XXII. Metropolitan contends (answer to Chrysler's Interrogatory No. 33) that Chrysler's alleged tortious interference in and with the contractual relations between Great Lakes and Metropolitan consisted of "communicating to the negotiating parties, excluding [Metropolitan], advance information on the identity of retained carriers".

XXIII. The record does not show any facts showing obvious effort on Chrysler's part or from which I can infer that any Chrysler representative endeavored to interfere, in any degree, with the negotiations that took place between Metropolitan and Great Lakes, looking to the purchase by Metropolitan of Great Lakes or a merger of and between such companies.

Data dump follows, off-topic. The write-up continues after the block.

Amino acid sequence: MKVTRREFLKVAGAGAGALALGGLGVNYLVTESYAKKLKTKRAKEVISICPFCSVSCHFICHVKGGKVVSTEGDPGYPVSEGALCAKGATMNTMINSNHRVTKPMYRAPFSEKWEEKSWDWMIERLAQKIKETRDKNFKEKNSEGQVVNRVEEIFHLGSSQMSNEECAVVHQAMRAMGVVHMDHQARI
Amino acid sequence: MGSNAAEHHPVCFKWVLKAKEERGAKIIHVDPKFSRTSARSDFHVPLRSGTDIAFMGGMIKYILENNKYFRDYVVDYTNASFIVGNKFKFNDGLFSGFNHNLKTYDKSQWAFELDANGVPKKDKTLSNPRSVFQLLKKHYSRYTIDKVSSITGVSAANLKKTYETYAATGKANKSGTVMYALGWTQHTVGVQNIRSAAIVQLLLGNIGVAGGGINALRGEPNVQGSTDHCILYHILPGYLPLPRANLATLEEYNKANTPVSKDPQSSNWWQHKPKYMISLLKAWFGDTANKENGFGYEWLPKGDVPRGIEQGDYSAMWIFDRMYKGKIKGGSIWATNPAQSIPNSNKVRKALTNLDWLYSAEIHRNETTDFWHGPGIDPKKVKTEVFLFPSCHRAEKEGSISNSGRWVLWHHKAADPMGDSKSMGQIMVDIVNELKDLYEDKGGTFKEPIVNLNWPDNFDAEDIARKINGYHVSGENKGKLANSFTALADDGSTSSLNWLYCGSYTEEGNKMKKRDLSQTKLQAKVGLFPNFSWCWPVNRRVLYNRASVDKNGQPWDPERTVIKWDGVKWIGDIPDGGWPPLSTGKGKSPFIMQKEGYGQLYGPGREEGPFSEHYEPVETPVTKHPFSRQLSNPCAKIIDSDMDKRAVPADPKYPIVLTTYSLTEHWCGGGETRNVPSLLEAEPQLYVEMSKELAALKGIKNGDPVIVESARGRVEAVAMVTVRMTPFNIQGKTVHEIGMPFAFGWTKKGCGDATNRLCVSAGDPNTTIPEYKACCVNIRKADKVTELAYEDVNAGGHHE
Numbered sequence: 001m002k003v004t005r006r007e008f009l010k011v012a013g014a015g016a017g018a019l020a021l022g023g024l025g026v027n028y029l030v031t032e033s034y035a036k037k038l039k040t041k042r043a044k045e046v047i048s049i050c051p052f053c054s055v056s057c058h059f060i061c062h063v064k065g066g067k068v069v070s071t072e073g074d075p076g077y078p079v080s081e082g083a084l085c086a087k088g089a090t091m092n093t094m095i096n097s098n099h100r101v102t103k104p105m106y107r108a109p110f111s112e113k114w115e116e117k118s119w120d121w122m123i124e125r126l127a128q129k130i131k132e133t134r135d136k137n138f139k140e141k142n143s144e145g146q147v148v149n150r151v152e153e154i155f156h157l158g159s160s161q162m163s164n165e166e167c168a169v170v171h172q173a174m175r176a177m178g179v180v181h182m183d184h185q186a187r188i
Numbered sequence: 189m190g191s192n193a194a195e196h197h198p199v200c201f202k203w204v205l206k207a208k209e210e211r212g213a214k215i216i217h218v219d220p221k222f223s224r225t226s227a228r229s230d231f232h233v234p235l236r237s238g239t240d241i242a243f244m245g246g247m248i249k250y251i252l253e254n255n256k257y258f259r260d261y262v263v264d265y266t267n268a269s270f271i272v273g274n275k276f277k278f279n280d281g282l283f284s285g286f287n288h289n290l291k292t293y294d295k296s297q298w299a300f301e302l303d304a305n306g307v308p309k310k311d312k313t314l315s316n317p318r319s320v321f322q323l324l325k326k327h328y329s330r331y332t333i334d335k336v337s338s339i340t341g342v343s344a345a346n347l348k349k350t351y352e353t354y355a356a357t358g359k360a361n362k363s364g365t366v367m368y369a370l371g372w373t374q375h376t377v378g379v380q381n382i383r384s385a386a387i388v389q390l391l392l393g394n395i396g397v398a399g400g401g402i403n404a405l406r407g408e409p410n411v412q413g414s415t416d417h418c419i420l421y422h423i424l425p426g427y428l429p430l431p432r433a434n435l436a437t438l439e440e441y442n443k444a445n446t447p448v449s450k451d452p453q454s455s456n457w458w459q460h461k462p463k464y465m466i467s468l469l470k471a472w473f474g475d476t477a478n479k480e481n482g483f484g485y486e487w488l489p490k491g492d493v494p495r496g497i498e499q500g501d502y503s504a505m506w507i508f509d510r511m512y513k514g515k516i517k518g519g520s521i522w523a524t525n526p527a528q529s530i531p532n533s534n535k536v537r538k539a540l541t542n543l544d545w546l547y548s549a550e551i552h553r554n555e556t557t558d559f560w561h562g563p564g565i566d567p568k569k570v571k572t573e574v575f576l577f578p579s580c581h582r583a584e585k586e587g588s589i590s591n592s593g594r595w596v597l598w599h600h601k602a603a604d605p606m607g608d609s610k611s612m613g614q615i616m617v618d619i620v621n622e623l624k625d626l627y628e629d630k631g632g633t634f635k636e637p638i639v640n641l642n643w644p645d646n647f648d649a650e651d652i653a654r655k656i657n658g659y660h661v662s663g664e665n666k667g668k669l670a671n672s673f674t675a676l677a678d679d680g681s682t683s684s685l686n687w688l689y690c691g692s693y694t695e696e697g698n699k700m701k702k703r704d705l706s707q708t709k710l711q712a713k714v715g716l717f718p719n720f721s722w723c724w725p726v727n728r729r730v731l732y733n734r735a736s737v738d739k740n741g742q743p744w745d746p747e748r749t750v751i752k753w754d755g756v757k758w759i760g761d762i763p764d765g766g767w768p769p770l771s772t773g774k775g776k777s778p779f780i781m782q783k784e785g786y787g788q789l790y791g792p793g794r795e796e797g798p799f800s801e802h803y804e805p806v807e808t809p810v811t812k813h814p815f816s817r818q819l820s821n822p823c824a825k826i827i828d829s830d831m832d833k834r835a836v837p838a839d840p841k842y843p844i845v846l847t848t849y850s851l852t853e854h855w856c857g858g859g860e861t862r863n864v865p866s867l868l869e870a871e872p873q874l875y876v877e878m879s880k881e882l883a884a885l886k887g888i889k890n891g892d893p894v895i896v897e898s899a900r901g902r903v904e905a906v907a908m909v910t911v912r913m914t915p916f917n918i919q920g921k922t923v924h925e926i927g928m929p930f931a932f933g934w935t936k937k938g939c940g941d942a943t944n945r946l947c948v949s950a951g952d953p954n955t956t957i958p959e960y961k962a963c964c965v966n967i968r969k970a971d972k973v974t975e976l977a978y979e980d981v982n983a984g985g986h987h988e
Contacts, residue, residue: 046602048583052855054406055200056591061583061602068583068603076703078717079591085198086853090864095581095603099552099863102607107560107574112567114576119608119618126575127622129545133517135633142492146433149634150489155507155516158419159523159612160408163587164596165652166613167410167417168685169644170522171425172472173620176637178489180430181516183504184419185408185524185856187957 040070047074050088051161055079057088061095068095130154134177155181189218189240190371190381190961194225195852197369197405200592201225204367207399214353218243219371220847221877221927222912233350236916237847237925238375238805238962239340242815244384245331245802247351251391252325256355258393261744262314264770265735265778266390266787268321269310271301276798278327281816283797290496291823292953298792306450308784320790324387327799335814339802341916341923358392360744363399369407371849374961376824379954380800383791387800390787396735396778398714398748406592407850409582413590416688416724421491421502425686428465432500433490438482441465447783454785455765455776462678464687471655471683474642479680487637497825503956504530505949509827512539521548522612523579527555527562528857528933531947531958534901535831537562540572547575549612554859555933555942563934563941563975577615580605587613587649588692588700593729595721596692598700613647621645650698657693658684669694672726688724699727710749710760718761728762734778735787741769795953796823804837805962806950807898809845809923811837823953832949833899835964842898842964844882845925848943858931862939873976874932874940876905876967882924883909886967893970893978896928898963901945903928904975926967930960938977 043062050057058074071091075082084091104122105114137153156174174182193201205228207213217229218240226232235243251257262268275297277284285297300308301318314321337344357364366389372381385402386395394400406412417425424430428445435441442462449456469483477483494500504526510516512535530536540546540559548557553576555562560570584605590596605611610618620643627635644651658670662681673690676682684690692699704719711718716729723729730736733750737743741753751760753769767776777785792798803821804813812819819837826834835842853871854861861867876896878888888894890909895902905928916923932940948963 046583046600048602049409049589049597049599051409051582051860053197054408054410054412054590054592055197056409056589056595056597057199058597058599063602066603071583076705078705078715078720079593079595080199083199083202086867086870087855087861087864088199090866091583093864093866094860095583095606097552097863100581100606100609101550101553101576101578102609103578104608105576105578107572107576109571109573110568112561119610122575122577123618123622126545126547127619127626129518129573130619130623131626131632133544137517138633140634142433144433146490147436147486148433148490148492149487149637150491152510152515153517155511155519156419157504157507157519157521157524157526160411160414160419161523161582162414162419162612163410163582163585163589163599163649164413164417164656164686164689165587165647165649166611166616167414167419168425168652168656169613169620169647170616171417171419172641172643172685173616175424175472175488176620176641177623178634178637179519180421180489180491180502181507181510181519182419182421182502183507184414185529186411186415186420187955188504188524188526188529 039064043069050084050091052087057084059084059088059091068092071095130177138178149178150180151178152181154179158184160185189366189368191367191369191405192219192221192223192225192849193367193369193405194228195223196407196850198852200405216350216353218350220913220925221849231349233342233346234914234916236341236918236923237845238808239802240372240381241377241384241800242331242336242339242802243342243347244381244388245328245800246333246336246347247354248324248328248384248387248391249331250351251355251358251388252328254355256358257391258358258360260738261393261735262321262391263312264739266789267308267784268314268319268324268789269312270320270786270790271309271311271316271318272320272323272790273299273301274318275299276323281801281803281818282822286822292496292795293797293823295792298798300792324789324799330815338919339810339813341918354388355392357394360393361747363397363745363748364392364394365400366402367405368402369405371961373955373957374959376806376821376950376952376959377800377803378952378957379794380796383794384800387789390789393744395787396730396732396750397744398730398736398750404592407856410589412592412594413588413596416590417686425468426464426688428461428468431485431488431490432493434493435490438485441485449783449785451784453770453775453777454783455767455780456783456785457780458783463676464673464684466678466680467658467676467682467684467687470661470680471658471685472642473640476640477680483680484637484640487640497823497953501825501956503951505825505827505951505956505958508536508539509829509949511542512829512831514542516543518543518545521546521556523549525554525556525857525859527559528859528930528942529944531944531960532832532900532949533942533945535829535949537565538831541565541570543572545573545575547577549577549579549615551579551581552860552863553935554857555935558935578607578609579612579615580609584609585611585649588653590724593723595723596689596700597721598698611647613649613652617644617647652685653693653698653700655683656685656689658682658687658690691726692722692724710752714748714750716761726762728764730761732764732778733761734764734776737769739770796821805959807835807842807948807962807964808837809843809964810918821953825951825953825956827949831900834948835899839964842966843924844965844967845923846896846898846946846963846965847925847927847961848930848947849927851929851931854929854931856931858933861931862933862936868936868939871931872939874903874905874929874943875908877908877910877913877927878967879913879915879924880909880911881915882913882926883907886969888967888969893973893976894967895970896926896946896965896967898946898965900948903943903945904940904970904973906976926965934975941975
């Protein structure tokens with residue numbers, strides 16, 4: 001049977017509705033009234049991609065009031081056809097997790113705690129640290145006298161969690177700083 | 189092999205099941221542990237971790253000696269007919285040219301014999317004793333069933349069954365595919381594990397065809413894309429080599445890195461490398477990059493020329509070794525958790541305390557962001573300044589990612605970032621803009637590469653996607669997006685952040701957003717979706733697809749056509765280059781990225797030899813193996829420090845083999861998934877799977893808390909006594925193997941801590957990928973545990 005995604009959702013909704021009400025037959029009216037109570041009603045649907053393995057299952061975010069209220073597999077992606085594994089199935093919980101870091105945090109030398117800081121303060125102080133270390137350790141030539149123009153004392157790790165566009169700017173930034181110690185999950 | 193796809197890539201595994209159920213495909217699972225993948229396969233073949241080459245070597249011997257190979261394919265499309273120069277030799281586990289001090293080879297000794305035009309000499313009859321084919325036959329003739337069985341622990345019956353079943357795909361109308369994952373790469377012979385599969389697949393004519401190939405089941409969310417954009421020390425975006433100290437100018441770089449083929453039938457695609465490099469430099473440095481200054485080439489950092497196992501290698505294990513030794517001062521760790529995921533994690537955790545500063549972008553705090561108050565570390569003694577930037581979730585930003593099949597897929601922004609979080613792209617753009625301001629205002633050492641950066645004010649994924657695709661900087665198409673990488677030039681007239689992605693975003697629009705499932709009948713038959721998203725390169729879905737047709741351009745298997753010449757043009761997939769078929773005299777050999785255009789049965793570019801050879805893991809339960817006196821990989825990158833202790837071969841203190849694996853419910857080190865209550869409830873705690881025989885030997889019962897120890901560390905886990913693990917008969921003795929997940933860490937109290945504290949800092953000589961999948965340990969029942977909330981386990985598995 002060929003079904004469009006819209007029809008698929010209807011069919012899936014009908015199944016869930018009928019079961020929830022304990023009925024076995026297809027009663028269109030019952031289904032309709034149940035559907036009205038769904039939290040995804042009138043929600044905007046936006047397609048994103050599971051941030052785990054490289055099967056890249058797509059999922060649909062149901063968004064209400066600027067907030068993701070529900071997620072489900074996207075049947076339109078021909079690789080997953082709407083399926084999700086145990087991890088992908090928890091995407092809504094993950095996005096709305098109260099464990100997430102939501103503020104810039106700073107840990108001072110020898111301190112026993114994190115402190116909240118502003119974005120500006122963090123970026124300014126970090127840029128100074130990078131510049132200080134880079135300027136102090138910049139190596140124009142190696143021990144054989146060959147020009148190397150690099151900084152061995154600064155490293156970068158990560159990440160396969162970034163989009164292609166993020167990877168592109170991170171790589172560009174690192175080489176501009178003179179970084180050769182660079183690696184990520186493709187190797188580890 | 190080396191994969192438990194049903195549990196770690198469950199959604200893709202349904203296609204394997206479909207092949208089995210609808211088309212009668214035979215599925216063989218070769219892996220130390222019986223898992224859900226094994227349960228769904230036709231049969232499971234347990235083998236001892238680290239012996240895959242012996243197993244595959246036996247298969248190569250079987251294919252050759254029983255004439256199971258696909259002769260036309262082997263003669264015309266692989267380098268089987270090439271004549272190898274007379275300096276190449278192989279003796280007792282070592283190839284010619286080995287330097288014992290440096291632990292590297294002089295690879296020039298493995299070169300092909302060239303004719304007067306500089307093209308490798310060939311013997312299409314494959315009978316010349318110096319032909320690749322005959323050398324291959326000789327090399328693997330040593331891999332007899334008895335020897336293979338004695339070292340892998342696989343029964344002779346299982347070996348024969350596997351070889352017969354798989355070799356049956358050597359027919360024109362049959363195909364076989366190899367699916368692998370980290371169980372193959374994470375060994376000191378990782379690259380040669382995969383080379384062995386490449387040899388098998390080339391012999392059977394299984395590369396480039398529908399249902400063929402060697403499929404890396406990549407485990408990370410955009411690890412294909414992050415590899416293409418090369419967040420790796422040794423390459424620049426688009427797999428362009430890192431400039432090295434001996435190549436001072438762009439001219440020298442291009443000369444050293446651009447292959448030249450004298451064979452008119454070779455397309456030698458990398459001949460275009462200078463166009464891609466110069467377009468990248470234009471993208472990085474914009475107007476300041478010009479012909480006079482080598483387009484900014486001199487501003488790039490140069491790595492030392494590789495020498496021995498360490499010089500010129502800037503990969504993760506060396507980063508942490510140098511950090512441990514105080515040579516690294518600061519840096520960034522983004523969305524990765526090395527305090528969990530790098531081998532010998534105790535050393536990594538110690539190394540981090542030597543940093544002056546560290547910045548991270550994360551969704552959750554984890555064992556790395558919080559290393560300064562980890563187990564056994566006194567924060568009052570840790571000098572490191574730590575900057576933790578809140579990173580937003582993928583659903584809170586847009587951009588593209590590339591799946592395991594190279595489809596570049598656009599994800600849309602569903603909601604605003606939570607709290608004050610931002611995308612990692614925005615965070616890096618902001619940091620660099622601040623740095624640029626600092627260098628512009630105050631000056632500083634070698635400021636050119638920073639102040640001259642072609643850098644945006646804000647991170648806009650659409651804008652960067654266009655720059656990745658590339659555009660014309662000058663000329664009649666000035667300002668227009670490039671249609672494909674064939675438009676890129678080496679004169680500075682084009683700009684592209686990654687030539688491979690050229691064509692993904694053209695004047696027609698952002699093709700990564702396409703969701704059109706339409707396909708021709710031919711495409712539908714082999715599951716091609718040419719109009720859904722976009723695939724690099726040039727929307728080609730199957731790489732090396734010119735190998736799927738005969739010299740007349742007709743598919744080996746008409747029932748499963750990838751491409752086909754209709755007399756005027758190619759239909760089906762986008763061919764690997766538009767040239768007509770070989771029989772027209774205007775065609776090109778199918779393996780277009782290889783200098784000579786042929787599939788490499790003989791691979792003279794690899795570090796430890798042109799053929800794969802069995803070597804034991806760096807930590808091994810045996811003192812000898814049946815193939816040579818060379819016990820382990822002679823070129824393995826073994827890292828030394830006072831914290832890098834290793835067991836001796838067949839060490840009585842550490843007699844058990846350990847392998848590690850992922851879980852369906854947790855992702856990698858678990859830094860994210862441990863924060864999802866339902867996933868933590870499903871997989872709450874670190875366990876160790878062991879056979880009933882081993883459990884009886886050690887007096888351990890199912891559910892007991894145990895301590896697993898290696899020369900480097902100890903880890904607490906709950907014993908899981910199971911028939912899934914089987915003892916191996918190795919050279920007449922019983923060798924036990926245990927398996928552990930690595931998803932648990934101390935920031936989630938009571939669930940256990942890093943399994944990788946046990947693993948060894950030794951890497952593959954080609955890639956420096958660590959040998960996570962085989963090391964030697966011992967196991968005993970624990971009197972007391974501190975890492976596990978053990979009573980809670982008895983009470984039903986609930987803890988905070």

XXIV. Metropolitan made no inquiry at any time of Chrysler as to the progress of the Chrysler "carrier retention program", and if it would be a retained carrier.

XXV. Chrysler gave no information, and particularly no misinformation, to Metropolitan as to progress of Chrysler's "carrier retention program" and whether it would be a retained carrier.

XXVI. Chrysler did not tell McEvoy, prior to the May 17, 1957 meeting, that Great Lakes was to be a retained carrier, although Geddes had, prior to the May 17th meeting, received general reassurances that Great Lakes' standing was good, that Great Lakes would be a retained carrier, or would have an opportunity of joining with a carrier who was. Members of Chrysler's Traffic Division gave such general reassurances. At the May 17th meeting when Chrysler announced the standards on which it would be determined which carriers would be retained, Geddes "was certain * * * that our standing was all right". Geddes was not told until after the May 17th meeting that Great Lakes was to be a retained carrier.